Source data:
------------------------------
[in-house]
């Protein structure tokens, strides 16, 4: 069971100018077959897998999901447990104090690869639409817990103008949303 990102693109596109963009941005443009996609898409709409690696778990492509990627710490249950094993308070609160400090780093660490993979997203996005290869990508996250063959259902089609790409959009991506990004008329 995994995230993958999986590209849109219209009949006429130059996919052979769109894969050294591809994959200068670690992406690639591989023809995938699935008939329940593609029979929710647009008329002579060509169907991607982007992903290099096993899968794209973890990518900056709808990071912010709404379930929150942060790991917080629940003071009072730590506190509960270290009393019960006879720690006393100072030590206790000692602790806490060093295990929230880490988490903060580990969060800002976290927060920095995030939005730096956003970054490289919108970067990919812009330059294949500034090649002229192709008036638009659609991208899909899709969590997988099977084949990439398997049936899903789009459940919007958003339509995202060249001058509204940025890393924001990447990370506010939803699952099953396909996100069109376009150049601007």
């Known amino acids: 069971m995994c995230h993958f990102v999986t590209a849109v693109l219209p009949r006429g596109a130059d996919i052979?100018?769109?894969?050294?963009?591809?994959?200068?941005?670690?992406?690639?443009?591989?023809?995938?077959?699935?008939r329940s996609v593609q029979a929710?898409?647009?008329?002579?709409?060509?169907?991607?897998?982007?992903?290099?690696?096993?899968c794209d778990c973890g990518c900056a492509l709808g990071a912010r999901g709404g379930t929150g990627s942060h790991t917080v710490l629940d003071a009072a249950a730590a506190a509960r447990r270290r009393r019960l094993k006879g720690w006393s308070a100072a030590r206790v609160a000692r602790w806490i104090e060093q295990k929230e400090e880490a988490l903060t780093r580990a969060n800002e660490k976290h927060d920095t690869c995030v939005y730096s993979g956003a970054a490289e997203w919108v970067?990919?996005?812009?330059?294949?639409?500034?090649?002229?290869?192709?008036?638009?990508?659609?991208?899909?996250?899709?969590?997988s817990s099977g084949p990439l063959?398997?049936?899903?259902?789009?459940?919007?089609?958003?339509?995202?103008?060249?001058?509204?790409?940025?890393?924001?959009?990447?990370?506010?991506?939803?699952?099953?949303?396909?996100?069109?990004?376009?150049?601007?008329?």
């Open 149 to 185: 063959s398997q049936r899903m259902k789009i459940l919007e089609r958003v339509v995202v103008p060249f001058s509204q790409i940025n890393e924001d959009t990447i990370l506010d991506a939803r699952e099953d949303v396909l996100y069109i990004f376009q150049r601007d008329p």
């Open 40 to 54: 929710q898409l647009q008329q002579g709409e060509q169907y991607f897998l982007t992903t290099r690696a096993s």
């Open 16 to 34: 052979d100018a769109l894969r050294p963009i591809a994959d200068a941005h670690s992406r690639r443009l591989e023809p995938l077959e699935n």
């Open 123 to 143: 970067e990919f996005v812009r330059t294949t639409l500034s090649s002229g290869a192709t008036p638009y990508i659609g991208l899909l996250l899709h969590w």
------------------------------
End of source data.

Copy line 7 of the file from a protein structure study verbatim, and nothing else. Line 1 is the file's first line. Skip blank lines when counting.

């Open 123 to 143: 970067e990919f996005v812009r330059t294949t639409l500034s090649s002229g290869a192709t008036p638009y990508i659609g991208l899909l996250l899709h969590w």